Tech Conference Season is Over – But Who Won?

I love the big-ticket tech conferences. The last of the three big ones is just finishing up in San Francisco right now. Essentially a political platform for Microsoft, Google and Apple to make policy commitments to their voters (the developers) and convince them to stay with their platform for another year.

I was lucky enough to go to Microsoft’s Build conference in 2013 and I learnt first-hand that, actually, no attendee needs convincing. Build, I/O and WWDC are temples for the uber-fanbois to pilgrimage to and prostrate themselves at. As an engineer, you go there to see what’s new and cool on the technology path you’ve bet your career on. As a designer, you marvel at the finesse of the guidelines and toolkits, learn from the masters about how they see their platform working differently to the competition. With the right kind of eyes, you see a hint of desperation on the platform designer’s faces – please stop creating your own fucking UIs! We’ve built all these for you already. Just use ours! Stop fragmenting the experiences on our finely-carved platforms you ignorant serfs!

Going to these big-ticket developer conferences has consequently attracted a big-ticket price tag – with entrance fees running in to the thousands of pounds for a few days. To cushion the blow and stir the devout into even more of a foaming-mouth neck-beard frenzy, technology is given away – Microsoft routinely give away PCs, phones, XBoxes, Adobe Creative Suite licenses, terabytes of OneDrive, Azure storage, etc. Apple’s WWDC is so over-subscribed they actually have to run a lottery to give everyone a chance to win a ticket. There is something deeply troubling and Willy Wonka about all that.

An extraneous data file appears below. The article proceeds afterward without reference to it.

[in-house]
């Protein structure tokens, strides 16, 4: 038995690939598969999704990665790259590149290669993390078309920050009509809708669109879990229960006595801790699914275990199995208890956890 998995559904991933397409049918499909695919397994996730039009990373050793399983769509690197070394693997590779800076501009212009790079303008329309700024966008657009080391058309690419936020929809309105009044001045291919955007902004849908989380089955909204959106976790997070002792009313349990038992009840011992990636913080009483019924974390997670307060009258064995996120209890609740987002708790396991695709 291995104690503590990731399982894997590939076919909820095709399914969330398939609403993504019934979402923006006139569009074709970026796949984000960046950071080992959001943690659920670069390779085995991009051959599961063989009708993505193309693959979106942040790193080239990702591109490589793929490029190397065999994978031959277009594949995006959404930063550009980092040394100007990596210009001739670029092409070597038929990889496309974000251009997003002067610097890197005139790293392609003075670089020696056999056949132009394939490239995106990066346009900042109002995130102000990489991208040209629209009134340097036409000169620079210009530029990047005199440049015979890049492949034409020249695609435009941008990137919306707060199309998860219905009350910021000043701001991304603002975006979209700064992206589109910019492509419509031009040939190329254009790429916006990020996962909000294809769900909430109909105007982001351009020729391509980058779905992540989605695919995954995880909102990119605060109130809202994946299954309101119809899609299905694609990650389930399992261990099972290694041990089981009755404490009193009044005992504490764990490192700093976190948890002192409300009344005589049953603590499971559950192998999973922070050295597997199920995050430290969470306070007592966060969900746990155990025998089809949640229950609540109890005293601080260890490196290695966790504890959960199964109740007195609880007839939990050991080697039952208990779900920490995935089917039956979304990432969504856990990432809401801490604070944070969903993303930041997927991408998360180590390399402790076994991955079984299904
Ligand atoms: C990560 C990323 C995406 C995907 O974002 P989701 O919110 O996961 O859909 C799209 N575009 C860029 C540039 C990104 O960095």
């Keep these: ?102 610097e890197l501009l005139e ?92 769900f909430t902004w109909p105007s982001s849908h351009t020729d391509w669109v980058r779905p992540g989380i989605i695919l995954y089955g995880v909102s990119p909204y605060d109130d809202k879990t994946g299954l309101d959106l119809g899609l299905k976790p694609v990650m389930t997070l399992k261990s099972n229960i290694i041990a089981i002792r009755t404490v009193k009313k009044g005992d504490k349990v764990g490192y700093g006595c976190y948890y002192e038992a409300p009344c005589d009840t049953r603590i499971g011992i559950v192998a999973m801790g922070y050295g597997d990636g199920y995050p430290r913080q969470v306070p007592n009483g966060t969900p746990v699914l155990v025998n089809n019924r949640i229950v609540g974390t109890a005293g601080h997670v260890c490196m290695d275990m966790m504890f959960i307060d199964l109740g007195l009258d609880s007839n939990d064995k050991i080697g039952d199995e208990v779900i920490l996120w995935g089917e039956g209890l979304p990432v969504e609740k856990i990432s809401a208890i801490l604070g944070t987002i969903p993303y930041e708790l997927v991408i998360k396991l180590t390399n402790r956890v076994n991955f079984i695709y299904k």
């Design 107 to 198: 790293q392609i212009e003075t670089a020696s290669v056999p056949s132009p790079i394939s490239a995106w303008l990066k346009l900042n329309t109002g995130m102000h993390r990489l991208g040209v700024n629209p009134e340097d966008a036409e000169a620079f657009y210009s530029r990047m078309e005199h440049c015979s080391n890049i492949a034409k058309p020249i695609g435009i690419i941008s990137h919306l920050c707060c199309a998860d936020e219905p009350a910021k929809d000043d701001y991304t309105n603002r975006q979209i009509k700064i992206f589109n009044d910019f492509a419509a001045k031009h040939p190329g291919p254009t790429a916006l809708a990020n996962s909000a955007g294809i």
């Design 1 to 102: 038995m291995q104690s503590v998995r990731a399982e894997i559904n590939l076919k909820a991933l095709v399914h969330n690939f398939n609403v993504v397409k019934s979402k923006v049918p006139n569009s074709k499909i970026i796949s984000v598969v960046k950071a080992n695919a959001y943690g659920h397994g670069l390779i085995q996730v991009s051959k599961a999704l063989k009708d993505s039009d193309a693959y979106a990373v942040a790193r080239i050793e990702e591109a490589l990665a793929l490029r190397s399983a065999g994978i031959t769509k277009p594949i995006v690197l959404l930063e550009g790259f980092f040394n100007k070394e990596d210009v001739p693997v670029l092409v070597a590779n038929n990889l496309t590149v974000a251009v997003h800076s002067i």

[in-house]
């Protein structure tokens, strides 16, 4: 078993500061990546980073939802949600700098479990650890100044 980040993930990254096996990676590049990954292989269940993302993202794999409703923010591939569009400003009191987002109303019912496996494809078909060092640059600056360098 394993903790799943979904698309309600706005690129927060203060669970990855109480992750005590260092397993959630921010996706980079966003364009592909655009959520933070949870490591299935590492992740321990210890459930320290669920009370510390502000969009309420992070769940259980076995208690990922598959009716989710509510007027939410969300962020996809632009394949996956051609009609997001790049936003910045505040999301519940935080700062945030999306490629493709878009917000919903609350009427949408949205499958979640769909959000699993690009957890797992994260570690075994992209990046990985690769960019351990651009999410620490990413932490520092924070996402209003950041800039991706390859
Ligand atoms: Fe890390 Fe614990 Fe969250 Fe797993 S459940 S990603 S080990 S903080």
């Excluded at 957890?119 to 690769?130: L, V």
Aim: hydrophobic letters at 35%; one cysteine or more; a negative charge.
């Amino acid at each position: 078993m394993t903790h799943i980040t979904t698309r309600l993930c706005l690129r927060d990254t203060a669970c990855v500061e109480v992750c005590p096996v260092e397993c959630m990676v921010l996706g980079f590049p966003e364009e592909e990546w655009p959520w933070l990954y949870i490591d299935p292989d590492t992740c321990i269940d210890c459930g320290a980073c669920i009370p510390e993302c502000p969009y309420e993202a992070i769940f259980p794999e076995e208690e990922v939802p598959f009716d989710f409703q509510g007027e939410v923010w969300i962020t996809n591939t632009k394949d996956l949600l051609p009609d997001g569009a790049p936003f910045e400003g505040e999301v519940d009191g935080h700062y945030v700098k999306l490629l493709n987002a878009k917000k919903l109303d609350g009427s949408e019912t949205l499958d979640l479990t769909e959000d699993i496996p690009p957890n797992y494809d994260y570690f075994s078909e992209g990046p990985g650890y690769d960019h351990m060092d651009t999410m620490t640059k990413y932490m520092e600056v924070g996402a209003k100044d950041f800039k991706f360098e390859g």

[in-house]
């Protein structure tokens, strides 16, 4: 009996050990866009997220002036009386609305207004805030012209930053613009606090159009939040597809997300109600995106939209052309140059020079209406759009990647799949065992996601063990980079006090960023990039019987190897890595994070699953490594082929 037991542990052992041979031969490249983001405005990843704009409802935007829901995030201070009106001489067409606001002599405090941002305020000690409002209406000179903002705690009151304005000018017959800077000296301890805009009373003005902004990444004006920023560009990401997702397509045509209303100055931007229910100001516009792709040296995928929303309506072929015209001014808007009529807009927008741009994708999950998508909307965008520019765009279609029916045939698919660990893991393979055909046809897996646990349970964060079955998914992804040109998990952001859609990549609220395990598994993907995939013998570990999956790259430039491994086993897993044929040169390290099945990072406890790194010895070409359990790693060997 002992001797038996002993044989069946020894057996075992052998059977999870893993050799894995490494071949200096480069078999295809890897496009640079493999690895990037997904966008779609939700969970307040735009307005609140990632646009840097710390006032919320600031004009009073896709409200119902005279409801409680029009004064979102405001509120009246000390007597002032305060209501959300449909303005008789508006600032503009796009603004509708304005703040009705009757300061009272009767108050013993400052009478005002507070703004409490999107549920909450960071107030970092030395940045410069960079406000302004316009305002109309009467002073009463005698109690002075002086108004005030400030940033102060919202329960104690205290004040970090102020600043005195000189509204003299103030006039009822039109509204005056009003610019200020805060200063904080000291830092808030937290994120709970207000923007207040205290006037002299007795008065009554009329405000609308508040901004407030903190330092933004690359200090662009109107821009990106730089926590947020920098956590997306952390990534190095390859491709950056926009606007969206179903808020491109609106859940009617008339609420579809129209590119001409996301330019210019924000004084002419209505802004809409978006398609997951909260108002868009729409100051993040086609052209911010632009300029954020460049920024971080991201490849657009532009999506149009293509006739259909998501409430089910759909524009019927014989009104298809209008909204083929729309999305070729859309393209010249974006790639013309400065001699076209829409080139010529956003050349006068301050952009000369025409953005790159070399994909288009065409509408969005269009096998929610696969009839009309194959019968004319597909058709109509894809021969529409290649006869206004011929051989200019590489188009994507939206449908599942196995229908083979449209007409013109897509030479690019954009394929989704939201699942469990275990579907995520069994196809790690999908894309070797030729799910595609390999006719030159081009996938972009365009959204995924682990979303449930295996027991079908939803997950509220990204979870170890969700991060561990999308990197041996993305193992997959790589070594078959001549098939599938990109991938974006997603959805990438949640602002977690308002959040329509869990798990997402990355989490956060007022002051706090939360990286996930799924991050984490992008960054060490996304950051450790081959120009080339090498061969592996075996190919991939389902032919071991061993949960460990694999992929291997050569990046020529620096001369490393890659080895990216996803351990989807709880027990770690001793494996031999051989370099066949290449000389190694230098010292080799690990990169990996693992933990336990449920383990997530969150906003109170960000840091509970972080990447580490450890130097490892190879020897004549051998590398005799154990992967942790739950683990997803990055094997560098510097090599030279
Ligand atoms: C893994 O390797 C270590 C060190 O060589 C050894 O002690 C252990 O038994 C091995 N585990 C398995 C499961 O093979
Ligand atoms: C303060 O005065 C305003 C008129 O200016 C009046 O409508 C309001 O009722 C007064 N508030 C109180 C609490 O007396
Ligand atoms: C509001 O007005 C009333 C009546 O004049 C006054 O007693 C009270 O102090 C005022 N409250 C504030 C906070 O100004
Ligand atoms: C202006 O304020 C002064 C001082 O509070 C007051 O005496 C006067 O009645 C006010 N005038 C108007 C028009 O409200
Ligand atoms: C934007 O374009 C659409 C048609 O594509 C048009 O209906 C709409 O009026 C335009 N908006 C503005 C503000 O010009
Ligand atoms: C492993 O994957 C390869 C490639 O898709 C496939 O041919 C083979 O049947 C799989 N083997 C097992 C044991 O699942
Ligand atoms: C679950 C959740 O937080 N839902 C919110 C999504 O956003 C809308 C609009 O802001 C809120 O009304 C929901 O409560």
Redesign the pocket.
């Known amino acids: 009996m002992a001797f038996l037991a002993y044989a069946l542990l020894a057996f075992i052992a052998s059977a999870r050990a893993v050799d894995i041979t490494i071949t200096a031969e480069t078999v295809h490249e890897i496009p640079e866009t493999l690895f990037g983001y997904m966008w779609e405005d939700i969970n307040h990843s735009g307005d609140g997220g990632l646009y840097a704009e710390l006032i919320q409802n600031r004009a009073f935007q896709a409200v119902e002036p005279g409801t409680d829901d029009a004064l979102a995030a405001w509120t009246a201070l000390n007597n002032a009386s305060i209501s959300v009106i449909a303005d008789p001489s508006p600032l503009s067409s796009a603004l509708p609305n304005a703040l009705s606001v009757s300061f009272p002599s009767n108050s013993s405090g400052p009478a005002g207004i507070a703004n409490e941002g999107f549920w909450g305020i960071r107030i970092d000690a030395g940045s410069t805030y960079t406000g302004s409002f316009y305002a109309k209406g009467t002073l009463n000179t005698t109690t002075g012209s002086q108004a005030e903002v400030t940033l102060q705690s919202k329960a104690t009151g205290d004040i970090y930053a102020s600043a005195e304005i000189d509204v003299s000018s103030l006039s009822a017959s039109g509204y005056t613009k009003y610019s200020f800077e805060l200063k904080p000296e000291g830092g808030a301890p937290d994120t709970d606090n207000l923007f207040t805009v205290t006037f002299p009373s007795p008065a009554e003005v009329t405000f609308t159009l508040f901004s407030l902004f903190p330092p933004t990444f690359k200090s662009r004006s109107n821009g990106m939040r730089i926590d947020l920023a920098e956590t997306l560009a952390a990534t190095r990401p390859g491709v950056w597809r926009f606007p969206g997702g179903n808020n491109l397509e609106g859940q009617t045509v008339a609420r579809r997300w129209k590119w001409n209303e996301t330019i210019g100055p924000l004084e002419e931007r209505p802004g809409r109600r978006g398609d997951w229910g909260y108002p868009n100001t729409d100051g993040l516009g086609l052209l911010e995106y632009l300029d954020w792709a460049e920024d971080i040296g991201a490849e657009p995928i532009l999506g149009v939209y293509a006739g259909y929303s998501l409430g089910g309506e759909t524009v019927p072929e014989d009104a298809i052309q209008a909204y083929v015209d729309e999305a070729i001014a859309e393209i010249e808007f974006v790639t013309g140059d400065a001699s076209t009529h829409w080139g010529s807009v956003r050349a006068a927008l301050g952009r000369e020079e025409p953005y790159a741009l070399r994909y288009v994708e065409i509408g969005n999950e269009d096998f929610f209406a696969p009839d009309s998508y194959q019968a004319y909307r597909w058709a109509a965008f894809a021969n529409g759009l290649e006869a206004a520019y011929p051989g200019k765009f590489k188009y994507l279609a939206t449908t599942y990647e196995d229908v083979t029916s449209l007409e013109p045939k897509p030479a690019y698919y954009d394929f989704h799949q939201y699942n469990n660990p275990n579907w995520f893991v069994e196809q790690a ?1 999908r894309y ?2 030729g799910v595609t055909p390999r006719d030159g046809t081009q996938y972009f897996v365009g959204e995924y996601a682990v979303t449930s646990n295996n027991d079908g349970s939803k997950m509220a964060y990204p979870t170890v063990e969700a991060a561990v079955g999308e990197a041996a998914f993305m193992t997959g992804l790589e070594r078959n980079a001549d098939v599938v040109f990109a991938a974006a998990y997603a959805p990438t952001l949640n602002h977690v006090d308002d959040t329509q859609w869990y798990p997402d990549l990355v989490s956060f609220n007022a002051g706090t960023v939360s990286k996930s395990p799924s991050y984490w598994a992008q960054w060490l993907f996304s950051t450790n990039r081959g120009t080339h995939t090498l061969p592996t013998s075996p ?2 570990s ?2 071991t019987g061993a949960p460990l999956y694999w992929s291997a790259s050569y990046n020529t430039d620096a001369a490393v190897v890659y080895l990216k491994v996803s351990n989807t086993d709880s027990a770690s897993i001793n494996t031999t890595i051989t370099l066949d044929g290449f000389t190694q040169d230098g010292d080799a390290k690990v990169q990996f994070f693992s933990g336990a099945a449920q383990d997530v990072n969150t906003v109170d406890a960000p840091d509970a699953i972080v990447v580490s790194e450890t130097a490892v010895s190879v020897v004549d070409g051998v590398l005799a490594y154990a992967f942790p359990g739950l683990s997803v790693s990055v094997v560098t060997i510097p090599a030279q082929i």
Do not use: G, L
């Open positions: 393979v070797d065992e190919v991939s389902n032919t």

So who won? I watched all three first-day keynotes. I like to think I have a pretty good understanding of how each of the three main platforms work, what their nuances are and what they do best. I’ve used all three platforms regularly and recently. So I hope I can judge fairly.

Microsoft win for their vision. Presenting a platform that (finally) allows the same app to run on the smallest embedded device, all the way through $50 smartphones and tablets, to PCs, XBoxes and now their holographic platform Hololens. Touch, voice, gesture and traditional keyboard and mouse interaction mechanisms all supported. Of all three conferences, Hololens (essentially a super-sophisticated ski-mask that allows the wearer to virtually attach parts of their operating system to the surfaces in their real-world environment) blew my mind the most. Microsoft are currently on the upward innovation side of the classic tech company rollercoaster. And how can you not be impressed when you’re shown a phone that you can pull out of your pocket, place on your desk and will instantly co-opt keyboards, mice and displays nearby to turn itself in to a PC – the phone-sized apps naturally scaling up to the larger display and more involved interaction mechanism. Very very cool.